Just when you think it can’t get any better…another review arrives
The reviews keep coming in, and this one is particularly significant, coming from Stagewon, an online resource and review site ‘for theatre professionals, artists in training and audience members alike to learn, nourish talent and communicate with one another.’ Delighted for all the actors getting the recognition they deserve.
The full review is below, but you can read the original review by clicking here.
Every once in a while an aspiring actor will watch a piece of theatre that reminds them just what drives them to pursue a career in acting; Waiting for Brando was such a performance.
The atmosphere in the bar before the show set the stage for a hotly anticipated final performance of the Unity’s painfully short run of only three nights. As the music of the 1950s subtly played out, the sell out audience eagerly snaked their way into the quaint studio space.
The play tells two stories. One of the tense working relationship between Hollywood director Elia Kazan (Paul Duckworth), and his former friend, playwright, Arthur Miller (Carl Cockram). The other of two Liverpudlian brothers both working on the seas with Cunard. Whilst there are moments of interlinking, the two storylines work well alongside each other in this clever social commentary.
A period set is always a challenge but was delivered with aplomb. The two worlds portrayed were seamlessly interlinked throughout the two story play. One side of the stage was reserved for the tense working office of Kazan, and the other a classic post-WW2 New York bar.
The use of sound and lighting was brilliant. The technical design matched the small performance space perfectly. The use of echo allowed us inside the mind of Kazan, without being over dramatic. The jukebox and guitar offer light musical release from the often tense relationship between brothers; steady Eddie (Daniel Hayes) and his tenacious younger Vinnie (Joe Shipman). These musical interludes had the audience laughing and, on occasion, even quietly singing along.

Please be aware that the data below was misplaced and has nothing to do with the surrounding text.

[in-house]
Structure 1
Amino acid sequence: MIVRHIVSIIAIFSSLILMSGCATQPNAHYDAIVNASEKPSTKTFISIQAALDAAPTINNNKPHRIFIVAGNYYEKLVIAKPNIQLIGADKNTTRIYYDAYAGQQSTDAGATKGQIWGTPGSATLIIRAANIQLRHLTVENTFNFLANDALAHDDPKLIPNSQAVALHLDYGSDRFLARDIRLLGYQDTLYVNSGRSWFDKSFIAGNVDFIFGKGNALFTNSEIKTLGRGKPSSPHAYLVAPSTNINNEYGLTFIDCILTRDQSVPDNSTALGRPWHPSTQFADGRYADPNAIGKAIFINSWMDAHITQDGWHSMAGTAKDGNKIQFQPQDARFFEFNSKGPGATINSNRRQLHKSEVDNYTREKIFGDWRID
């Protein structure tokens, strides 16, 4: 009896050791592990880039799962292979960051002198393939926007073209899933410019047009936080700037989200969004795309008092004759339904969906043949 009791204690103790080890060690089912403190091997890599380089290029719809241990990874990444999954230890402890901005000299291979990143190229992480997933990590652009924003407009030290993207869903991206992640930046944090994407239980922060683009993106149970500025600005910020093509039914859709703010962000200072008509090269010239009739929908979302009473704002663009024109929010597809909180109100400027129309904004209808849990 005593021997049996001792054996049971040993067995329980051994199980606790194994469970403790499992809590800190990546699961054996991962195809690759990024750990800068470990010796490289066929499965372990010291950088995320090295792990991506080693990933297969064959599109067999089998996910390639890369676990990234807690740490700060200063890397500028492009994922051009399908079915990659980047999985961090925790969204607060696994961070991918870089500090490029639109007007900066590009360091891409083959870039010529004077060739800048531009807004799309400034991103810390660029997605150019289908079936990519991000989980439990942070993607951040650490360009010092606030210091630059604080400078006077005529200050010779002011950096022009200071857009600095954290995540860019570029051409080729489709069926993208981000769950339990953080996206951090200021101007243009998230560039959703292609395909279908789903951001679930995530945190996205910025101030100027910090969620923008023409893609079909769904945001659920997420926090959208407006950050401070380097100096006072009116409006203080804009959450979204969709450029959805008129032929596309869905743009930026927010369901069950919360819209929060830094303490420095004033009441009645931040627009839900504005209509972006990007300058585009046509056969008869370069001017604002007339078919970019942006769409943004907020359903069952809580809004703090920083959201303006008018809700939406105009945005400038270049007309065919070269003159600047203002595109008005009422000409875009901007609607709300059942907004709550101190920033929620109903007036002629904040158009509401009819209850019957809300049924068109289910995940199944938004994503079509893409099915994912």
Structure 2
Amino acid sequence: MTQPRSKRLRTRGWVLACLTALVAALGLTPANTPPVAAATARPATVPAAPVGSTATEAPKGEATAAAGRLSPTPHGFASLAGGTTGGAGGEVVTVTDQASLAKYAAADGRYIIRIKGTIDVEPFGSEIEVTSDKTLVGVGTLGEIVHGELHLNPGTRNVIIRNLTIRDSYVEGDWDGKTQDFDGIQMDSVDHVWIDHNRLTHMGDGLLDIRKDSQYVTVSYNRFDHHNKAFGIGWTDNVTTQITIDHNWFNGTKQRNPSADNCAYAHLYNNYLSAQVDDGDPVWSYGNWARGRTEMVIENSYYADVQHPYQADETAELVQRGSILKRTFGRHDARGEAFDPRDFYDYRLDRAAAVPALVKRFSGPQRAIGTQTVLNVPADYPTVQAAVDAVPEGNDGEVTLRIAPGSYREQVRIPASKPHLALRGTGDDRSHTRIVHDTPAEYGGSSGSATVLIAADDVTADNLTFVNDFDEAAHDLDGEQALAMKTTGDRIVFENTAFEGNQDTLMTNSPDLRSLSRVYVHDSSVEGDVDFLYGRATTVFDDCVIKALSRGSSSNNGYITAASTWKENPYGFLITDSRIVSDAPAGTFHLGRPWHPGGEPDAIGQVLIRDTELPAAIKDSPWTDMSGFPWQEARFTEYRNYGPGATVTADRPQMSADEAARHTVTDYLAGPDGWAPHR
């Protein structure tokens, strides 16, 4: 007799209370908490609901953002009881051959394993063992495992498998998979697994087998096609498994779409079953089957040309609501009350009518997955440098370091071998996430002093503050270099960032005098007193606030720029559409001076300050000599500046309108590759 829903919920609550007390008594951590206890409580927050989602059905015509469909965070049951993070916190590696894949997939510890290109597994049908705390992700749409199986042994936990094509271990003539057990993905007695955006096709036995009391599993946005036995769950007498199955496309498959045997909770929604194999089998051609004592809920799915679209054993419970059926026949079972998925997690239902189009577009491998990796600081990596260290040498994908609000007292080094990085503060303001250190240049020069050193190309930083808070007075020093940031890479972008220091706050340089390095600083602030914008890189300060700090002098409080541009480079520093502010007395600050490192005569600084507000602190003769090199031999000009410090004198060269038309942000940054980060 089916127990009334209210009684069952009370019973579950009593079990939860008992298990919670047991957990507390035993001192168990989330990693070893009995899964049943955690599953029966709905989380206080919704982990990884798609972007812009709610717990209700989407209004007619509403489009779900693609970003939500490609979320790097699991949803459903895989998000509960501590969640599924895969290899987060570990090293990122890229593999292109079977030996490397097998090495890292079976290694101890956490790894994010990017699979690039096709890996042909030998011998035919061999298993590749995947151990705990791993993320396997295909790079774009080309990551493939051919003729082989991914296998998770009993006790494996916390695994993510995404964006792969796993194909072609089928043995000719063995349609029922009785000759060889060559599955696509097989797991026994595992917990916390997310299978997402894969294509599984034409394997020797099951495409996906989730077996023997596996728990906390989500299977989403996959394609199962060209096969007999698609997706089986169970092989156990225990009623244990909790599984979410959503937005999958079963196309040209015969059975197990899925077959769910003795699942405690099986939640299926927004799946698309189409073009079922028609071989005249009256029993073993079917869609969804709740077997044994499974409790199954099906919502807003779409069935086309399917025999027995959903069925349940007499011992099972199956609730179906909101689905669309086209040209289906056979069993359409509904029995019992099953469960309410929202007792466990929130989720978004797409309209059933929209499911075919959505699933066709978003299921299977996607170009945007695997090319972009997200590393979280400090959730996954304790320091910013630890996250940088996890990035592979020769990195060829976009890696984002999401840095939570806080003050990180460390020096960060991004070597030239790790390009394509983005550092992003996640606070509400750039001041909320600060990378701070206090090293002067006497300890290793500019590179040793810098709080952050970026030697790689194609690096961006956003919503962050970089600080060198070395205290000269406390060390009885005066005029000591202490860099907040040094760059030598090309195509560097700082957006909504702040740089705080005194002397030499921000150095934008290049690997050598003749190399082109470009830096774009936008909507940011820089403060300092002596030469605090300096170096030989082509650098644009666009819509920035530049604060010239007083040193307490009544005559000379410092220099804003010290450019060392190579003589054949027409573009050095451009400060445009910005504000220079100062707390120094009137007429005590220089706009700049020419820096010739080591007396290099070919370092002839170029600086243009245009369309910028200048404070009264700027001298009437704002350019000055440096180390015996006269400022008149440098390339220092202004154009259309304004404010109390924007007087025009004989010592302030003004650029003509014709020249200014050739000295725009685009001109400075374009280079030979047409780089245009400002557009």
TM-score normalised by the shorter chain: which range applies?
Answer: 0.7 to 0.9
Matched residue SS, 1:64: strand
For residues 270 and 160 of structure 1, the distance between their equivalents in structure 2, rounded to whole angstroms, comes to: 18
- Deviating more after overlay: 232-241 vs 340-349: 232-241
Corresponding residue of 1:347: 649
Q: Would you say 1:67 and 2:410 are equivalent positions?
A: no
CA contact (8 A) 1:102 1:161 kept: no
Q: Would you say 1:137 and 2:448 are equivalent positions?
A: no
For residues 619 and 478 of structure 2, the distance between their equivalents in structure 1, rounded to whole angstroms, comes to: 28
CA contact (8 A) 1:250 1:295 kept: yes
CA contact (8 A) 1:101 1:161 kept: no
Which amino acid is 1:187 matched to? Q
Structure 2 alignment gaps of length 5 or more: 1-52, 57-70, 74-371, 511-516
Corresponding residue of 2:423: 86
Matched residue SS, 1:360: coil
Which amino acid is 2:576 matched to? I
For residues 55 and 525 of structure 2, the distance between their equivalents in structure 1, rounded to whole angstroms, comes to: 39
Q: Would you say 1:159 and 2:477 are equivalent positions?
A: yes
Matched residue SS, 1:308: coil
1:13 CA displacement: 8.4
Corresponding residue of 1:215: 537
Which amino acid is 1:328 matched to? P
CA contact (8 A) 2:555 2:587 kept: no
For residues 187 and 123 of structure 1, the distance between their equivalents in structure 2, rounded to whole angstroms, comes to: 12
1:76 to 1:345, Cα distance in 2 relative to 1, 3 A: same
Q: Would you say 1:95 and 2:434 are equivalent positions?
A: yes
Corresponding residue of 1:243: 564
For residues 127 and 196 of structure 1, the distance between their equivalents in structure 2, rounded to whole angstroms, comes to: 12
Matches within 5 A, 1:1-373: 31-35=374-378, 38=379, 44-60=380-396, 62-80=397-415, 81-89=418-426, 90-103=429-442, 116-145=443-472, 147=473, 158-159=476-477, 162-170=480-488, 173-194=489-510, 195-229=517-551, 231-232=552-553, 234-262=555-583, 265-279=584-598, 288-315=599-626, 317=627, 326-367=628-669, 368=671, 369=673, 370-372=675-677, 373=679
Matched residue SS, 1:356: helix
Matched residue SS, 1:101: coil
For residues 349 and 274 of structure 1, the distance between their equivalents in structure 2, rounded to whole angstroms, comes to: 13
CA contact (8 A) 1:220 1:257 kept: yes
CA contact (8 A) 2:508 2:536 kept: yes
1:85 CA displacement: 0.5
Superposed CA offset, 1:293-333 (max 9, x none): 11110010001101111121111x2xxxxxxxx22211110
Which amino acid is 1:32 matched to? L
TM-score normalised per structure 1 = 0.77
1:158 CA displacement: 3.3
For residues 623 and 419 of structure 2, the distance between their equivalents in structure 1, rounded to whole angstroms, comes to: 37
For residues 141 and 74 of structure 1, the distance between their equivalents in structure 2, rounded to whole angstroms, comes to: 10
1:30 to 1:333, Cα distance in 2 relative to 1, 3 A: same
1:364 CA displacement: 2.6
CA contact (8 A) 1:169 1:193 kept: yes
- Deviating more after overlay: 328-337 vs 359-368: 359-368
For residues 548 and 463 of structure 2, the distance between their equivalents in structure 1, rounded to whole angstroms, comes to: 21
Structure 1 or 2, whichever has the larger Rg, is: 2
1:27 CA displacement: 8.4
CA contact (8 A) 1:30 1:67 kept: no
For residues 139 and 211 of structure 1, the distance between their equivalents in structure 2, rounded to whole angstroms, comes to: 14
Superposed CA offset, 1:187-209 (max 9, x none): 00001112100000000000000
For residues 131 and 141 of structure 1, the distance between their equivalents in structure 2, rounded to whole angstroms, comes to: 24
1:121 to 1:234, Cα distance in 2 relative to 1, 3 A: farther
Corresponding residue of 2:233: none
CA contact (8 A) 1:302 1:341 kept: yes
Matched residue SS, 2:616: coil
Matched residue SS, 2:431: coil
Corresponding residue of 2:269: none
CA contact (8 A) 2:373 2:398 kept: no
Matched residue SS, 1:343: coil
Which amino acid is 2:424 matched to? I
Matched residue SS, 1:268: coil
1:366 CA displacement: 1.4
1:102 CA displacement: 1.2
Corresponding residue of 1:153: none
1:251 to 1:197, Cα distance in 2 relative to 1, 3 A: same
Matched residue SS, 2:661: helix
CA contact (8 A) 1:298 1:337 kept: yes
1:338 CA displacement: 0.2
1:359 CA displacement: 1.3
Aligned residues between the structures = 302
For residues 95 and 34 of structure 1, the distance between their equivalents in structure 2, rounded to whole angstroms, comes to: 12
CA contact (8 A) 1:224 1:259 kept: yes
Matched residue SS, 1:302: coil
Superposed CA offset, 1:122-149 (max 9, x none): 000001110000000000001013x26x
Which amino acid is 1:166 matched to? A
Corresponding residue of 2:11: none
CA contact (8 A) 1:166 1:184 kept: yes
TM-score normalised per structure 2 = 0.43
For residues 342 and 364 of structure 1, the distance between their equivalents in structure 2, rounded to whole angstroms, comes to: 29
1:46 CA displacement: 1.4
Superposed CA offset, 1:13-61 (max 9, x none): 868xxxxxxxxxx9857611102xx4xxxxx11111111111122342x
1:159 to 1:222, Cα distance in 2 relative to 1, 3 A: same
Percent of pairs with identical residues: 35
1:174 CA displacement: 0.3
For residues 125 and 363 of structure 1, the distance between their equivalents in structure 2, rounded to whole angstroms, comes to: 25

Hayes’s performance of the sea-hardened Eddie was both warm and strong. The brotherly love he feels for Vinnie subtly escapes his toughened exterior. His ability to create both laughter and tension during the performance is a testament to his talent. The loveable Vinnie is more than successfully portrayed by Shipman. From his first appearance as a downtown conman to his delirious reverence for Marlon Brando, Shipman stands tall in this stellar cast performance.
In the contrasting world Vinnie aspires to see, Duckworth and Cockram offer the harsh reality of 1950s Hollywood. Duckworth’s scruffy exterior and exhausted aura is subtle; his performance is both intense and enticing. Alongside him, Cockram is equally emphatic as former comrade Miller. Like the brothers, this relationship offers glimmers of friendship and warmth in a difficult environment.
The eclectic mixture of comedy, drama and accents makes for a fantastic new piece of theatre. The only travesty is the short run. I have no doubt had this been longer, the powerful all male cast would have been performing to sell out audiences for weeks. Brilliant.